Dogs are often thought of as lovable pets, and let’s face it, they are. Man’s best friend also serves a pivotal role in our military in combat areas as well as having roles in the police force. These dogs are no longer just companions but another member of the team you are working with, and just as valued as the person next to you.
What are combat dogs and how do they help the military?
Dogs have a long history of being involved in warfare. They have been used as scouts, trackers, and also help to patrol areas from as far back as the Egyptians. In the second world war the US Marine Corps used dogs donated by their owners to be part of the war effort, and in 2011 Navy seals used a dog in the now infamous Operation Neptune Spear which saw the eventual killing of Osama Bin Laden.
What breeds of dog suit military duties?
There are a number of breeds which suit military service extremely well due to their physiology.
Search and rescue dogs
The ideal breed for search and rescue military dogs really depends on the type of search. For air scenting search dogs work with their nose in the air. These are used for detection of cadavers, people missing in water, avalanche victims and urban disasters. Tracking dogs however work with their noses to the ground following a trail of scent and don’t so much “search” as “follow” their target. Ideal breeds for tracking are Bloodhounds, Basset Hounds and Beagles while air scenting tends to be most commonly performed by Labrador Retrievers, Springer Spaniels and German Shepherds.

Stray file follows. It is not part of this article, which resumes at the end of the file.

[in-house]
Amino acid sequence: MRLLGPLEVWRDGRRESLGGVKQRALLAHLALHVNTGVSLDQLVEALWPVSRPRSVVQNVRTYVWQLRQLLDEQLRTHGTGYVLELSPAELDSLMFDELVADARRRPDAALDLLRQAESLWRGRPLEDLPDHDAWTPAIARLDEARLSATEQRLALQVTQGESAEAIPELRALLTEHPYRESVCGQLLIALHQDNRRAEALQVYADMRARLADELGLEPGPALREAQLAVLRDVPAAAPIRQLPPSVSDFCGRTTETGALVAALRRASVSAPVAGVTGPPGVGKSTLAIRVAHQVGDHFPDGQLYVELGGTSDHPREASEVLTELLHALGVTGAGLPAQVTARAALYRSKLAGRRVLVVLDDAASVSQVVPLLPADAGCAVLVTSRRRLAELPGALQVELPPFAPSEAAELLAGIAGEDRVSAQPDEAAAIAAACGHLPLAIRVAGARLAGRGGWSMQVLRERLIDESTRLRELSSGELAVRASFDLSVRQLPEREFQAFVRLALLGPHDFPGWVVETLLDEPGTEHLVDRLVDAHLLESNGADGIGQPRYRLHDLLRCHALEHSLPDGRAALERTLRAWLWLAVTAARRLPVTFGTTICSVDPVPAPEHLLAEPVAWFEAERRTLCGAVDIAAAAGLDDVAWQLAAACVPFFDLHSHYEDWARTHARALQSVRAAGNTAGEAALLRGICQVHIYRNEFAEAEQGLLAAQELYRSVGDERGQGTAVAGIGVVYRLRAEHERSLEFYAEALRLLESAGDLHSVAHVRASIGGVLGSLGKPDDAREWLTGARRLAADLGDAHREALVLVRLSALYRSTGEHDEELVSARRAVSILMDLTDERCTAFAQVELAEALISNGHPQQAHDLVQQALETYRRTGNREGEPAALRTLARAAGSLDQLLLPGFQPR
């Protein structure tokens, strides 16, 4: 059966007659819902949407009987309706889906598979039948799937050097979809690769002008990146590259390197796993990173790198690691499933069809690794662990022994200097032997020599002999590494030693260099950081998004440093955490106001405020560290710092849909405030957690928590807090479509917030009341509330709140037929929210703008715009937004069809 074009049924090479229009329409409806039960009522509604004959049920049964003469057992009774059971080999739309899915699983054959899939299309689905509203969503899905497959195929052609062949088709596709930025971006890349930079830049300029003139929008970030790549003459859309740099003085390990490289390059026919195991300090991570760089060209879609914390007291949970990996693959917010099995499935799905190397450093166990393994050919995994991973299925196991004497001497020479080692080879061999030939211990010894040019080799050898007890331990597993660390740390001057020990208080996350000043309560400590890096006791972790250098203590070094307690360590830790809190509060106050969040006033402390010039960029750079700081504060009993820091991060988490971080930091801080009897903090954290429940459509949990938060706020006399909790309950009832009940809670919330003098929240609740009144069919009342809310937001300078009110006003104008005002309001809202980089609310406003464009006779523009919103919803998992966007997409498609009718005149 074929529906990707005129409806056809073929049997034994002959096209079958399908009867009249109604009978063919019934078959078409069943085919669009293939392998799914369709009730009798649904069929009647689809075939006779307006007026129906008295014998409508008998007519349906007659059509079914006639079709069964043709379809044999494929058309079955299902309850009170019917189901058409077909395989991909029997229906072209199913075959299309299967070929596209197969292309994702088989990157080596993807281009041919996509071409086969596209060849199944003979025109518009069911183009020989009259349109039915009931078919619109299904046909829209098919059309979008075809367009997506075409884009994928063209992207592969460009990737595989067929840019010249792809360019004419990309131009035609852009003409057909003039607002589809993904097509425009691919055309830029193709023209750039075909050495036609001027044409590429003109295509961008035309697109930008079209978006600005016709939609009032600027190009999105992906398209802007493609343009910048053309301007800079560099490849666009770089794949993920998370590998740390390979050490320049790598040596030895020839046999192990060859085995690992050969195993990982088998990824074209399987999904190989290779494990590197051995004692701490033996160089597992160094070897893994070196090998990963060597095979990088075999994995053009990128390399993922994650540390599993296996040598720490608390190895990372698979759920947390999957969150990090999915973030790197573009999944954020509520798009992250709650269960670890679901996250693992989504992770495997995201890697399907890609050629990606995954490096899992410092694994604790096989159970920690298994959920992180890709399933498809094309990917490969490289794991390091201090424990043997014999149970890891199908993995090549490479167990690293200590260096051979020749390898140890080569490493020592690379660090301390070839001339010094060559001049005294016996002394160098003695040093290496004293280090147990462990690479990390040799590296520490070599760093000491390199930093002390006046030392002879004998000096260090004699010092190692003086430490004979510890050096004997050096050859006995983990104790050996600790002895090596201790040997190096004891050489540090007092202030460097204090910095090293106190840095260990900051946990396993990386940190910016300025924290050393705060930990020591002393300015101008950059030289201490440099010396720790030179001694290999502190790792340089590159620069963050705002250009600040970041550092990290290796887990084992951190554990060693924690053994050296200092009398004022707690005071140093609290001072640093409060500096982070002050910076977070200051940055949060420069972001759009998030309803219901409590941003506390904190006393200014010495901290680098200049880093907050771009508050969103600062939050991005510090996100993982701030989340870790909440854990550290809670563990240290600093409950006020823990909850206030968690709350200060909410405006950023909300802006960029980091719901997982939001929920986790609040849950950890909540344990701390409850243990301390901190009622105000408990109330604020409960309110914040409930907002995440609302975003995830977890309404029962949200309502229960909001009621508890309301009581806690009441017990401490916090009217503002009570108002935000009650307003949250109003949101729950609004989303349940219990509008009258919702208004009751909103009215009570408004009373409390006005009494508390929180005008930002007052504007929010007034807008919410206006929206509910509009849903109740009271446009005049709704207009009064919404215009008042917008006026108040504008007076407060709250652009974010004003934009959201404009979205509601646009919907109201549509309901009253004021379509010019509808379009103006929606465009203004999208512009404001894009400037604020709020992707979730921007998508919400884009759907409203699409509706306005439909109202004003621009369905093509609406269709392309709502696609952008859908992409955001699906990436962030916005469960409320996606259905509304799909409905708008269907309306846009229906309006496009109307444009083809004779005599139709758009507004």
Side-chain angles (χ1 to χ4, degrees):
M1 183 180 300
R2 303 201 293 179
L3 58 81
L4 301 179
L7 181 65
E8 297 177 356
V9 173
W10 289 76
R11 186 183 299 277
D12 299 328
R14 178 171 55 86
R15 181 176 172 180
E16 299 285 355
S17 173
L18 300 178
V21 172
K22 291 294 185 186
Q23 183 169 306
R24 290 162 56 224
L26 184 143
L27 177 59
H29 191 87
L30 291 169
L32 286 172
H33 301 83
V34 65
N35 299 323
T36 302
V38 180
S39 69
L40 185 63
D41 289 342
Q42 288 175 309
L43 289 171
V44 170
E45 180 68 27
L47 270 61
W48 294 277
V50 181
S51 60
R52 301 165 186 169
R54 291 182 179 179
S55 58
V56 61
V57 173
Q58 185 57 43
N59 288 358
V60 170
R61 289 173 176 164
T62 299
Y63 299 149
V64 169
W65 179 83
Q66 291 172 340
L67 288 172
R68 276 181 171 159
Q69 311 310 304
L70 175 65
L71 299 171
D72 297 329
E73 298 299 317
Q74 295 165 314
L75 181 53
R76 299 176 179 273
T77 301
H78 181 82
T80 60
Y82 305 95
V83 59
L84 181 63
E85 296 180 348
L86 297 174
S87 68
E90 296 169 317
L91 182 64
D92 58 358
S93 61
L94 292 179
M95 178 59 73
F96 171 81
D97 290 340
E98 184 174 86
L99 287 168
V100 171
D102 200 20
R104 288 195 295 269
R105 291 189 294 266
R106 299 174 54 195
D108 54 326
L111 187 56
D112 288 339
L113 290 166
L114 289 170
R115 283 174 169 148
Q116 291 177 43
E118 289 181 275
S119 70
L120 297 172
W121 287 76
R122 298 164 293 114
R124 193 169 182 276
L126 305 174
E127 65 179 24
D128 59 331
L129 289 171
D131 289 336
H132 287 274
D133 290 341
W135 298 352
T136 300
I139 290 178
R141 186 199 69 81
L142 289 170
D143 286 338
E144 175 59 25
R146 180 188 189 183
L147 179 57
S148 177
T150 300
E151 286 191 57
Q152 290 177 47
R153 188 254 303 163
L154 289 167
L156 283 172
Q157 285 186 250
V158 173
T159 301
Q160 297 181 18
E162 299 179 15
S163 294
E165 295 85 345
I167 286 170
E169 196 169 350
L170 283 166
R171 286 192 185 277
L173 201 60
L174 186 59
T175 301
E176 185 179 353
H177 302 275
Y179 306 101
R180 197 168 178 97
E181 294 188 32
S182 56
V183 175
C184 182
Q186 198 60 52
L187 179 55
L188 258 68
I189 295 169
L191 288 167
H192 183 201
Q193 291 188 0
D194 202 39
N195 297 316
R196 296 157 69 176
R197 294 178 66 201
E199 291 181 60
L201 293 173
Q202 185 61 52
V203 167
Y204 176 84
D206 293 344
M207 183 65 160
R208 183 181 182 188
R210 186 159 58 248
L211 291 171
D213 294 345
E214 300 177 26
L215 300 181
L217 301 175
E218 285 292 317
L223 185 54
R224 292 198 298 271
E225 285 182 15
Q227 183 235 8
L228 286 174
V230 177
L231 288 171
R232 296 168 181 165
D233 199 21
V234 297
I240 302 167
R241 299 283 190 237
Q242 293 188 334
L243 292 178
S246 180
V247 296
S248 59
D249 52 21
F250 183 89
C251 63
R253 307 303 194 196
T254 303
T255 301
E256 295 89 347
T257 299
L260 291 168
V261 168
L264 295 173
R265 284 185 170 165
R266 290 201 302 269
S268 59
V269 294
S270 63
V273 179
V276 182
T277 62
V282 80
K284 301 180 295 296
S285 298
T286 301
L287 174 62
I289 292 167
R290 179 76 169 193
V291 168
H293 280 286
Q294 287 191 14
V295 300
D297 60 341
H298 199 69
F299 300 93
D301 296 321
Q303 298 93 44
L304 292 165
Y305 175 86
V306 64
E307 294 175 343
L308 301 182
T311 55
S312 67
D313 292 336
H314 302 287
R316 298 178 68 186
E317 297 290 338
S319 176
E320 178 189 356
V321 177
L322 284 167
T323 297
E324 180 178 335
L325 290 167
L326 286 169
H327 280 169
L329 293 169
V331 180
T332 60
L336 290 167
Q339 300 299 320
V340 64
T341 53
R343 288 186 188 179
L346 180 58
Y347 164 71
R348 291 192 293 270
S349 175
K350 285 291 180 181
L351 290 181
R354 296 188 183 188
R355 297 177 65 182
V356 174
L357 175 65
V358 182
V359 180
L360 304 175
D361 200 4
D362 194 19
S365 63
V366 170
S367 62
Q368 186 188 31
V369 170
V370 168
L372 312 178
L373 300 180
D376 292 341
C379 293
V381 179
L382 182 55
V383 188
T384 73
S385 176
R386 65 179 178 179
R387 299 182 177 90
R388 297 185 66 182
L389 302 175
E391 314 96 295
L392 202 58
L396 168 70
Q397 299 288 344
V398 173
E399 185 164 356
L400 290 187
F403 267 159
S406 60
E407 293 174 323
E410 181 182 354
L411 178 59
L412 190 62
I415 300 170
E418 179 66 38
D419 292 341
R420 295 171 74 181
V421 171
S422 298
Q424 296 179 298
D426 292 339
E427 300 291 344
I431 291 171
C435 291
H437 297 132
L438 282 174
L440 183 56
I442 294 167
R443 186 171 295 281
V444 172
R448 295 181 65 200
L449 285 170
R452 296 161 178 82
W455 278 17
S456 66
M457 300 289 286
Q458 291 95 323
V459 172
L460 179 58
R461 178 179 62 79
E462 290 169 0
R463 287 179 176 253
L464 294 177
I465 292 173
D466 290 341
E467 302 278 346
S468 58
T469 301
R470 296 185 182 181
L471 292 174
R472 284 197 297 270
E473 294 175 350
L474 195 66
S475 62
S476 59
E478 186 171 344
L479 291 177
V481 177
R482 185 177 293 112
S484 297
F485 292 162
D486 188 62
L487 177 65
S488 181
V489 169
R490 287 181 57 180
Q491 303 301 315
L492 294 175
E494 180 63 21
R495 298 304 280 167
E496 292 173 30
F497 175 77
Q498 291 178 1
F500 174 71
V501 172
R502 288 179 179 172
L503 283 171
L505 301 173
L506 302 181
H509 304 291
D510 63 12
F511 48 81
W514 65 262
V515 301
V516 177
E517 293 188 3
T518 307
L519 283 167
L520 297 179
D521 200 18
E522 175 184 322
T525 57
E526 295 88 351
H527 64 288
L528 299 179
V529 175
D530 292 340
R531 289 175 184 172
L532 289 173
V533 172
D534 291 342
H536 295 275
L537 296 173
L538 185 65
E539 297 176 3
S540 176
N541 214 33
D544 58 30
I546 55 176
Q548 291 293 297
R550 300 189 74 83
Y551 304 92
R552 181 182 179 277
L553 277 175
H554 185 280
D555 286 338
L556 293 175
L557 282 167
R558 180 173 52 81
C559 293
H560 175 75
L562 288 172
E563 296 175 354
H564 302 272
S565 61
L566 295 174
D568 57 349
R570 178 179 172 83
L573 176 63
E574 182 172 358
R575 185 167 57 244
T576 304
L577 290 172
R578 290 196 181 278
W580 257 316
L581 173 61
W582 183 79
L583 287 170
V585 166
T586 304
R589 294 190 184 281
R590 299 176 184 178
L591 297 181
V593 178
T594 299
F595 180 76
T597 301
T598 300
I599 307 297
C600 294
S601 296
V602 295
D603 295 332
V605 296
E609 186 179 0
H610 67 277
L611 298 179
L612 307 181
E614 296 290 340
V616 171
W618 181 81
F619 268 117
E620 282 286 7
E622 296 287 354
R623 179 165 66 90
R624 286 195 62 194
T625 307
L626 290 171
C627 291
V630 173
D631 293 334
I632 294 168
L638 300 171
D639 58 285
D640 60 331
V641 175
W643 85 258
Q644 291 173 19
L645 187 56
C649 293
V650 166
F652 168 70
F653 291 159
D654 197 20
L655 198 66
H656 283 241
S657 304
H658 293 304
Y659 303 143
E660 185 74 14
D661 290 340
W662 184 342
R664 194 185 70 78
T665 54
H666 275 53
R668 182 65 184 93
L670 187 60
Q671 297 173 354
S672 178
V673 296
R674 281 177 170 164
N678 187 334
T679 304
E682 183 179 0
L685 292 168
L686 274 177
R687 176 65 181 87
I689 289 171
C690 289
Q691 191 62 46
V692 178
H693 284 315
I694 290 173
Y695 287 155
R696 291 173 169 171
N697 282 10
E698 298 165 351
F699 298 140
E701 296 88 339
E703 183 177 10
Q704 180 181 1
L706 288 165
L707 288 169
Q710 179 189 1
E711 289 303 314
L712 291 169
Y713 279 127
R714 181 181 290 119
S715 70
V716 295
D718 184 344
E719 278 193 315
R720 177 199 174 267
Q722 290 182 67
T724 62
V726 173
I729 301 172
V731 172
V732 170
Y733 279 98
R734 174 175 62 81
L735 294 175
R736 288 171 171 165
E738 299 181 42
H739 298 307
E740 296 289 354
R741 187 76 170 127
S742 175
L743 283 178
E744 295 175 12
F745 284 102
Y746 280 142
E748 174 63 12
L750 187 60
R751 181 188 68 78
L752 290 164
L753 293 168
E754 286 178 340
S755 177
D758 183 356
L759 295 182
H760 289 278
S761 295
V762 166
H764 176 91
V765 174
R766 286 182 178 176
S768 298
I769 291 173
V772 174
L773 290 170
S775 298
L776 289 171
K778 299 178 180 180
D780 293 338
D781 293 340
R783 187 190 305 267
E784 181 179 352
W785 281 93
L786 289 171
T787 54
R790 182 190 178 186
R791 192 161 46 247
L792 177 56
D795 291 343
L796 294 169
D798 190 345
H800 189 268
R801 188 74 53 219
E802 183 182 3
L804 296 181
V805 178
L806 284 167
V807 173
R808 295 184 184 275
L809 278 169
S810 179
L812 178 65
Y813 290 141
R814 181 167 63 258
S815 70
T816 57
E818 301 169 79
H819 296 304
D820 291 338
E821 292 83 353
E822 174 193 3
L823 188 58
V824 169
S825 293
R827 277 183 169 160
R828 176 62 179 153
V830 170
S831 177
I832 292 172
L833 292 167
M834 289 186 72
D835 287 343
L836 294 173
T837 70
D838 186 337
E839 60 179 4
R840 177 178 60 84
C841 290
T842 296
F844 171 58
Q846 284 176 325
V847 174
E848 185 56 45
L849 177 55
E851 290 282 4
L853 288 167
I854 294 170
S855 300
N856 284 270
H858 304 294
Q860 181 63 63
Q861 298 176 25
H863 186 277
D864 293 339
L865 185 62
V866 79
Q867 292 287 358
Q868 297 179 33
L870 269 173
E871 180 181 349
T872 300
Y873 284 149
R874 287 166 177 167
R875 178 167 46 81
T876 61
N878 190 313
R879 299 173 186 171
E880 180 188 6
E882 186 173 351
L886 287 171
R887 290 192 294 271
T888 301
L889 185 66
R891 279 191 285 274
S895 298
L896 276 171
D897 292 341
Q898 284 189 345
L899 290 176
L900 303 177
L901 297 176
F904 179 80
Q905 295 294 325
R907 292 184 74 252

Guard & sentry dogs
If you believe popular culture you’ll have images of bad guys or allied soldiers walking in time with their German Shepherd keeping a perimeter safe. However, some other breeds which make for great guard dogs are Doberman Pinschers. They are muscular, fast and intimidating for any intruder to be faced with. With similar markings and colouring, a Rottweiler is also a popular choice as a guard dog. Without proper socialisation, these dogs can be extremely dangerous to anything deemed a potential threat.
As well as horses (and the occasional goat!) the British Military has a heritage of animals as mascots. Irish Wolfhounds have been the mascots of the Irish Guards and the Royal Irish Regiment, while the 3rd Battalion the Mercian Regiment (Staffords) have a Staffordshire Bull Terrier as their mascot.
Law enforcement or police dogs
There are numerous functions that dogs play in the police force and some areas do have preferred breeds.
- General Purpose Dogs – German Shepherds and Dobermans are most common here. They work with human scent searching, tracking and acting as a deterrent.
- Specialist Detection Dogs – English Springer Spaniels and Border Collies are often seen here and they are trained to detect cadavers, drugs, explosives and guns for example.
We hope you’ve enjoyed our salute to dogs who serve our military so loyally and we at Home from Home dog boarding are very proud of the work they do. If you’re looking for a home from home for your furry friend, contact us today